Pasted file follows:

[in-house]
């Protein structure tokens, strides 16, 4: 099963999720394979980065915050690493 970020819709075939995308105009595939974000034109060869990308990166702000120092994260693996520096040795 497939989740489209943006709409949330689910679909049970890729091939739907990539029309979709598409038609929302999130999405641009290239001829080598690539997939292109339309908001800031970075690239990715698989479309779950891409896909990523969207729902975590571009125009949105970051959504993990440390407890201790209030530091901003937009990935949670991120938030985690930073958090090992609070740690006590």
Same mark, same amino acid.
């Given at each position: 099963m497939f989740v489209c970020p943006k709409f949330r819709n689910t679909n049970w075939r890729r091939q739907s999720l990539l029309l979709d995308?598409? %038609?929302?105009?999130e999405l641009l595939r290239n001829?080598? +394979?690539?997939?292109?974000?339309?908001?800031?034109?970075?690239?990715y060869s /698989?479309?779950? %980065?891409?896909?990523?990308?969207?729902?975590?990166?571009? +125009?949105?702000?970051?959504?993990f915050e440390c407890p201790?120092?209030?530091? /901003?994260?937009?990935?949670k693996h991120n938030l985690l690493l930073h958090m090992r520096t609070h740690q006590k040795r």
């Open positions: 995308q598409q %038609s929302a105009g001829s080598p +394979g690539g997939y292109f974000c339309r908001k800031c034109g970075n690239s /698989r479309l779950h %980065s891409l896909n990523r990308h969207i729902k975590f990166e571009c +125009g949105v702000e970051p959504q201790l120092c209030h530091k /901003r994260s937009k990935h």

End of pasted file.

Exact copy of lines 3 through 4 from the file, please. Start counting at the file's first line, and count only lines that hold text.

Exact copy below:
Same mark, same amino acid.
């Given at each position: 099963m497939f989740v489209c970020p943006k709409f949330r819709n689910t679909n049970w075939r890729r091939q739907s999720l990539l029309l979709d995308?598409? %038609?929302?105009?999130e999405l641009l595939r290239n001829?080598? +394979?690539?997939?292109?974000?339309?908001?800031?034109?970075?690239?990715y060869s /698989?479309?779950? %980065?891409?896909?990523?990308?969207?729902?975590?990166?571009? +125009?949105?702000?970051?959504?993990f915050e440390c407890p201790?120092?209030?530091? /901003?994260?937009?990935?949670k693996h991120n938030l985690l690493l930073h958090m090992r520096t609070h740690q006590k040795r």